Tuesday, January 31, 2012


 Whenever there is any sort of question of what to do for dinner at dinner time and you're hungry... breakfast seems to be a great answer whether it's pancakes, waffles, frittata or quiche. I have tried many pancake recipes and this one I found through King Arthur, and it's my absolute favorite.  So toss out your Bisquick and pull out some flour, you won't be disappointed!


2 large eggs
1 1/4 cups milk (buttermilk is even better)
3 tablespoons melted butter or vegetable oil
1 1/2 cups All-purpose or bread flour
3/4 teaspoon salt
2 teaspoons baking powder
2 tablespoons sugar

Place eggs and milk in a mixer and place on high speed for about 3 minutes. You want it to be nice and fluffy/airy.   Stir in the oil/butter.  In a separate bowl mix together the dry ingredients. Add the dry ingredients to the egg mixture until they are incorporated. Scrap down the sides if necessary. Do not over mix! Let it rest for 15 minutes. Perfect time to fry up some bacon. Cook on a griddle or frying pan with butter.  Enjoy with some real deal pure maple syrup!

Variations: Add in blueberries, chopped apples, sliced bananas, strawberries, pumpkin puree, pecans, and/or spices.

Wednesday, January 18, 2012


Who doesn't love pizza? This food group (yes I consider it be to a food group) can be so versatile with it's toppings to mix and match, and types of crust. Pepperoni, sausage, basil, mozzarella, ricotta, garlic, peppers, goat cheese, apples (yes I said apples), onions (caramelized of course), olives, etc. It doesn't matter what we have in the house, we can always find some combo to make a pizza. Here is my basic dough recipe and some photos of the masterpiece classic marinara and mozzarella pizza.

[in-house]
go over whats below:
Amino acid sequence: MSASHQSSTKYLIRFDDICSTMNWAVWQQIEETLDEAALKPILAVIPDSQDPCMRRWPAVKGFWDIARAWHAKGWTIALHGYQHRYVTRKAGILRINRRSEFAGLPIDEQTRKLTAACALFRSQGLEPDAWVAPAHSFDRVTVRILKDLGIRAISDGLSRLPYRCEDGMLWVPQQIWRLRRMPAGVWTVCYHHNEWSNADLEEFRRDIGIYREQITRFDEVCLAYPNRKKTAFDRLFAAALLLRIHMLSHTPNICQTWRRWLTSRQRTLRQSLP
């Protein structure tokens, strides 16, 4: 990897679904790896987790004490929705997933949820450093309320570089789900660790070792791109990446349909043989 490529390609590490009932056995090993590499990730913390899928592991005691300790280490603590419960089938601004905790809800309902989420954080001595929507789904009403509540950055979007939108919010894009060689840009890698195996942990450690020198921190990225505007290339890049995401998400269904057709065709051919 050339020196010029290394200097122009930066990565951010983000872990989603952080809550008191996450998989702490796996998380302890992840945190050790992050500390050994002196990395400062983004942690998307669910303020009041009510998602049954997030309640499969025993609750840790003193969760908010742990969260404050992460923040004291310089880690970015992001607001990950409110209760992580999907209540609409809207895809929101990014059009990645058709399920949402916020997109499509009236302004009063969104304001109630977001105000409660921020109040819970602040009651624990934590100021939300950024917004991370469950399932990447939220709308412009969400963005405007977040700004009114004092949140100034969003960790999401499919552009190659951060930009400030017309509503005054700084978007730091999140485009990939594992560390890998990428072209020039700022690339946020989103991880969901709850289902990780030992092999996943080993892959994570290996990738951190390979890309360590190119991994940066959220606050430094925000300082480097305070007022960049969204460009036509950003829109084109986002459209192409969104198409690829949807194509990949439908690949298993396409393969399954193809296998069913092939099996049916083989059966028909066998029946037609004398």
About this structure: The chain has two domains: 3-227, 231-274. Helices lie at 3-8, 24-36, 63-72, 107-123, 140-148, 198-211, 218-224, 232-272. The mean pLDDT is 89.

Also I have to say that I'm partial to cooking pizza on stones in the oven. There is really no other way to get the perfect crust.

1/2 cup of water
1/2 cup of cold milk (local milk)
1 tbsp yeast
1 tbsp  olive oil
3 cups of Organic Bread Flour (Westport, NY)
2 tsp salt

Mix the ingredients together with dough hook. The dough should be soft and pull away from the sides of your mixer.  Let it rise for 1 hour.

Preheat your oven to 500 F.  Roll out your dough with either corn meal or flour.  Place it on a pizza peel (my husband makes gorgeous peels if you would like to place an order for one, send me an email). Add the toppings of your choice: Mine were a homemade marinara sauce and homemade mozzarella. Slide onto a pizza stone and cook for about 10 minutes. Keep a close eye on the pizza, the timing will depend on how thin you rolled out your dough.

Say Cheese .... 30 minute Mozzarella

I Love, Love, Love Cheese.  Cabot's Hunter's Seriously Sharp Cheddar, Munster, Mozzarella, Goat Cheese, etc. I could just keep going.  A few years ago I purchased Home Cheese Making by Ricki Carroll.  My recommendation is start with the soft cheeses because:
1. They are easier
2. You don't have to wait that long to eat them
3. The equipment is minimal (no need for a cheese cave, although it would be really cool.... if you had a cheese cave what would you name it?)

1 1/2 level tsp citric acid dissolved in 1/2 cup of cool water
1 gallon of pasteurized milk (no ultra pasteurized-won't work)
1/4 tsp liquid rennet (animal or vegetable) diluted in 1/4 cup of cool water
1 tsp of salt (optional)